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Home » Albums in Review, Electro Parlour

USS is bringing it back to the “Advanced Basics”

Submitted by on February 9, 2014 – 9:09 pmNo Comment

USSBack with their highly anticipated new album Advanced Basics is Toronto’s Ubiquitous Synergy Seeker, better known simply as USS.

Since the 2013 release of preview single “This is the Best” which frequented cyberspace and airwaves at an exponential rate, fans have been eagerly awaiting their fourth studio record coming out Feb. 11.

Incidentally, the dynamic duo of Jason “Human Kebab” Parsons and Ashley Buchholz created an extremely interesting stream of consciousness based concept album, which can be absorbed in a variety of ways.

When asked about the meaning behind the album’s title, and it’s possible relation to their previous musical releases, specifically their first album Welding the C:/, or even their style of music itself, Parsons says it could be either.

“It’s interesting that you just intertwined those two concepts because nobody’s given it that look yet,” responded Parsons. “But in essence, that’s the entire point of it.”

Although the new album only packs a modicum of seven tracks, it plays out like a full LP. Each track is meticulously produced, and the songs flow together back to back to create a visionary’s tale.

“It’s such a relief to finally have this out,” said Parsons. “This is one of the toughest projects we’ve ever been involved in.”

The album was entirely fan-funded, using the Canadian branch of Pledge Music. The band relished the opportunity, as it gave them a unique perspective into the world of their fans. To know how much their audience appreciates their music humbled them, gracious of their willingness and confidence to contribute to the album’s creation beforehand.

Starting out with the lead track “Hydrogenuine,” an energetic track that vividly displays Parsons’ unique ability to blend his electronic vibes with Buchholz’s acoustic chord progressions.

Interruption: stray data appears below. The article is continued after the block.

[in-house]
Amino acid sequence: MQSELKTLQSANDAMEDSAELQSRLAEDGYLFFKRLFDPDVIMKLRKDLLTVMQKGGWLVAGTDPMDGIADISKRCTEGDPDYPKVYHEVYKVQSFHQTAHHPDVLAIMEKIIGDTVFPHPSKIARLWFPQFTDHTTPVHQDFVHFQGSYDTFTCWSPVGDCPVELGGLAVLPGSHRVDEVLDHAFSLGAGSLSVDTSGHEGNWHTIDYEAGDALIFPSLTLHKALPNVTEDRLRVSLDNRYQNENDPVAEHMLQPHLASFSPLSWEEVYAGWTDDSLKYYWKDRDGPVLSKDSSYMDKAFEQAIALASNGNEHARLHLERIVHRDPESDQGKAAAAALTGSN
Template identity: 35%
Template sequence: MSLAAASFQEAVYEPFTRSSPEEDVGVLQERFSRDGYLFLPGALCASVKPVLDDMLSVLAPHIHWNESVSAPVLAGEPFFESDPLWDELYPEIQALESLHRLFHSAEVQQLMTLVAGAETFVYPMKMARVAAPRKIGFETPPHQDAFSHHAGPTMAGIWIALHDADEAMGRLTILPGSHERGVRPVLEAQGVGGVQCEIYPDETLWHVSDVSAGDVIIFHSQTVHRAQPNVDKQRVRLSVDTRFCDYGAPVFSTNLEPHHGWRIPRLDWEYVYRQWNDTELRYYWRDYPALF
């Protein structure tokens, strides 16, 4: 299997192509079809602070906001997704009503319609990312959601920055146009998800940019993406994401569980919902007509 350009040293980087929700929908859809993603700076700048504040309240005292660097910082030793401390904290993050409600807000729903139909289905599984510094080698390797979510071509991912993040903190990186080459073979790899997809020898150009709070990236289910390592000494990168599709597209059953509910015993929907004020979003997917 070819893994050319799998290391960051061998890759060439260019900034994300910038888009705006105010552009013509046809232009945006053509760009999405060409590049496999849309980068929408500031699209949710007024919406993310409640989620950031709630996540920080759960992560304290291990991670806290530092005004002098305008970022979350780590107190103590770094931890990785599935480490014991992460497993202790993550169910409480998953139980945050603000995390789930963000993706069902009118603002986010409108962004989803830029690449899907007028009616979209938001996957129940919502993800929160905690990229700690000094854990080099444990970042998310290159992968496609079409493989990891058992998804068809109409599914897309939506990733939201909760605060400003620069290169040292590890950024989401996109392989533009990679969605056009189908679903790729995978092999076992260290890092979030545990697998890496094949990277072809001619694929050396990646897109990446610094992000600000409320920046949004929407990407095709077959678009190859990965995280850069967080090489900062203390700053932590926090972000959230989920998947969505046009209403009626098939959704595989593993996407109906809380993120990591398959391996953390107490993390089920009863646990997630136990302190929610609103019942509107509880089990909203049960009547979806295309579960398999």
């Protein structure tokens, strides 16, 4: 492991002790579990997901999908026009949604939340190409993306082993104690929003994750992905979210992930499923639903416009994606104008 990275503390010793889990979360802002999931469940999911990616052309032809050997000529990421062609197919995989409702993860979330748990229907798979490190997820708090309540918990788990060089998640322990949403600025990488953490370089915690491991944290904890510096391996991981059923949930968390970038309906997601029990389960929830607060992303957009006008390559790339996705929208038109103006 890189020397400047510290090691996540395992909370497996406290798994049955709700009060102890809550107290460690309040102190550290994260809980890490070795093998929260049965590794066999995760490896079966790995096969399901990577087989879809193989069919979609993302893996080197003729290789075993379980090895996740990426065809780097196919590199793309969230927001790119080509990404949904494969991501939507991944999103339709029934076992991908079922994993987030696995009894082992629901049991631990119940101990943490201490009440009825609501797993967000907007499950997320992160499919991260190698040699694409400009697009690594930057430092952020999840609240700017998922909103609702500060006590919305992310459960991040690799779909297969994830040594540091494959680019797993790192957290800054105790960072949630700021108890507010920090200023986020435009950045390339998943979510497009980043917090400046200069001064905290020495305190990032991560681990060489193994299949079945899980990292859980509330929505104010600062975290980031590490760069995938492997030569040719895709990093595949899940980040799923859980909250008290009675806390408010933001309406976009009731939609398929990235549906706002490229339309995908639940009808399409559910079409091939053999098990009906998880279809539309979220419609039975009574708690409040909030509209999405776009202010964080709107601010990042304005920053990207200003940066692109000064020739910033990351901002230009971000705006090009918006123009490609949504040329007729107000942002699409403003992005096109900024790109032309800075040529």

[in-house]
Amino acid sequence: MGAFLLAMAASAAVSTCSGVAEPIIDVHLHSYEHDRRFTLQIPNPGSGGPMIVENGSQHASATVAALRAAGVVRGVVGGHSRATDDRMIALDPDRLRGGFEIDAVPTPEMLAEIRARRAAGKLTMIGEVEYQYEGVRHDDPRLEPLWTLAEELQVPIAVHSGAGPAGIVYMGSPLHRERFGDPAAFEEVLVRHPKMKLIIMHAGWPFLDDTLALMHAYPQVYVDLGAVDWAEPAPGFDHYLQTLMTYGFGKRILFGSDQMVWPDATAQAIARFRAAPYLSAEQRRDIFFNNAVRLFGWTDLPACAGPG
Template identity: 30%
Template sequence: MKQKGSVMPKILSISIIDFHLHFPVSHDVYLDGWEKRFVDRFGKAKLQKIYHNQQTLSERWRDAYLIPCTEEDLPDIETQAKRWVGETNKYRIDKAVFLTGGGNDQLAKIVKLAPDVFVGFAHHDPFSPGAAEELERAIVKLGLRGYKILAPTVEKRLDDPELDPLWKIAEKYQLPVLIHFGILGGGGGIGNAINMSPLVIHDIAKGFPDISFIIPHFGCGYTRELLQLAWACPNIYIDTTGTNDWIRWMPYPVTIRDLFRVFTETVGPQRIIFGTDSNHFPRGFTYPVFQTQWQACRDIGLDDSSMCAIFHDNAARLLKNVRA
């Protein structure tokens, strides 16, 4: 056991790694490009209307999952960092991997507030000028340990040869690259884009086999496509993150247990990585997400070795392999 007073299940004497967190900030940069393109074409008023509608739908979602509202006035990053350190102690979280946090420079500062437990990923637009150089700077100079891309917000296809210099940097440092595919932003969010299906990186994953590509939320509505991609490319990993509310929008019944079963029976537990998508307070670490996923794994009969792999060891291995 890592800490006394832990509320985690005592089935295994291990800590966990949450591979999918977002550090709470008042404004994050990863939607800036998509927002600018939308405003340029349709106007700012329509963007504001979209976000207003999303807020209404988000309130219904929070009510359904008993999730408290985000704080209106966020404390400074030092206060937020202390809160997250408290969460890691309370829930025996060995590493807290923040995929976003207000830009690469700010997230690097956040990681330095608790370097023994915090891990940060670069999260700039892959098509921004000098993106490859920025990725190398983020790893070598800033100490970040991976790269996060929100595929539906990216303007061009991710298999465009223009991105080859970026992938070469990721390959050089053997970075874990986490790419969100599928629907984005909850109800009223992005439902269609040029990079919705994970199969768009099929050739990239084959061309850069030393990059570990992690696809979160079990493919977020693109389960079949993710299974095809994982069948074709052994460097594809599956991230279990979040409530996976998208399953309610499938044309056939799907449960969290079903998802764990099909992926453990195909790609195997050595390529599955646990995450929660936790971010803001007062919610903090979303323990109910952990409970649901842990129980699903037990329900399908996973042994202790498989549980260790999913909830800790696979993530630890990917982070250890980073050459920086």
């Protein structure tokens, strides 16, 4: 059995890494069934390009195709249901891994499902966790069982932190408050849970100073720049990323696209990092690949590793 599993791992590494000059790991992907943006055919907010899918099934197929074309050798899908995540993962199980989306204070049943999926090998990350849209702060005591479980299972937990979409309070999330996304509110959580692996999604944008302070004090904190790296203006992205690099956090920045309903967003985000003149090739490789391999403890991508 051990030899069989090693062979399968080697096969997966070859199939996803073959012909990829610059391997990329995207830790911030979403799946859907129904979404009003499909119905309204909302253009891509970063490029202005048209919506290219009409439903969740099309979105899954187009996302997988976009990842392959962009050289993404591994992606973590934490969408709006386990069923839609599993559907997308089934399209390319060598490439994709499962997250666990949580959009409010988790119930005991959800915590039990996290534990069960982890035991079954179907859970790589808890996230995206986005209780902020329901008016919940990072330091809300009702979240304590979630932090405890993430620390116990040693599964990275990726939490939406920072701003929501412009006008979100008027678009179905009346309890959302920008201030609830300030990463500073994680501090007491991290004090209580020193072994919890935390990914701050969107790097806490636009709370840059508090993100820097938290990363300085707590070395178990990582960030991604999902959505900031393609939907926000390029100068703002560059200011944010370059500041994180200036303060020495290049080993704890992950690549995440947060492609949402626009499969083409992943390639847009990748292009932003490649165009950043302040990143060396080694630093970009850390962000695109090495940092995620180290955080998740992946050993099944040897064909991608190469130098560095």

“In our projects, Ash and I kind of go back and forth with sounds and ideas when it comes to electronics, because we’re both fans of it, it’s organic” said Parsons. “This album was a marriage of it all.”

Parsons explained that he’s delved deeper into the abyss of electronic dance music, and Buchholz deeper into his singing/songwriting.

“We’ve seen and experienced so much, and seen much success, so there’s an underlying pressure to be better than your previous efforts. We tried to incorporate our influences from our first records, and tie it all in to make our best work yet.”

The second track is their popular hit single “This is the Best,” the feel-good track about living in the fast lane and getting caught up in the nightlife that Canada’s largest city can leave you lost in.

The next day after a raging party can either leave you with a sense of relief and enlightenment, or leave you with a fleeting sense of despair and pensiveness. This is where “Nepal” comes in.

Basically the track depicts a man with a sense of realization that he could’ve slept through the knocks of opportunity in life throughout the years, feeling “higher than Nepal” in a sense of self-delusion and grandeur.

“Once I started asking certain questions in life, it’s like these doors opened up and layers started peeling off,” said Buchholz. “I would keep arriving at these harbours of tranquility where there’s an epiphany, a realization of a trump card of an understanding of this chaotic world. It’s whatever people have to do to cope with understanding what the fuck this all is.”

After the conscientious roller coaster that the previous three tracks take you on, you’re brought through another journey into our characters’ psyche with two juxtaposing songs titled “Freakquency” and “Shipwreck.” Respectively the two touch on the sense of drive and ambition, and ultimately then the detriment of over, or under ambitiousness.

The second single off the album, and their latest lyric video “Yin Yang” is an upbeat, abstract tune that leaves the listener with more questions than answers this time around. Either way, you’ll nod your head to it as you jam along.

The album closes out with an ominous guitar ballad on “Built to Break.” With cleverly placed ambient synth sounds, it plays out slowly and gives you an impression of the character portrayed throughout the album is finally coming to terms with everything he’s realized and learned.

Story by Devin Size

 

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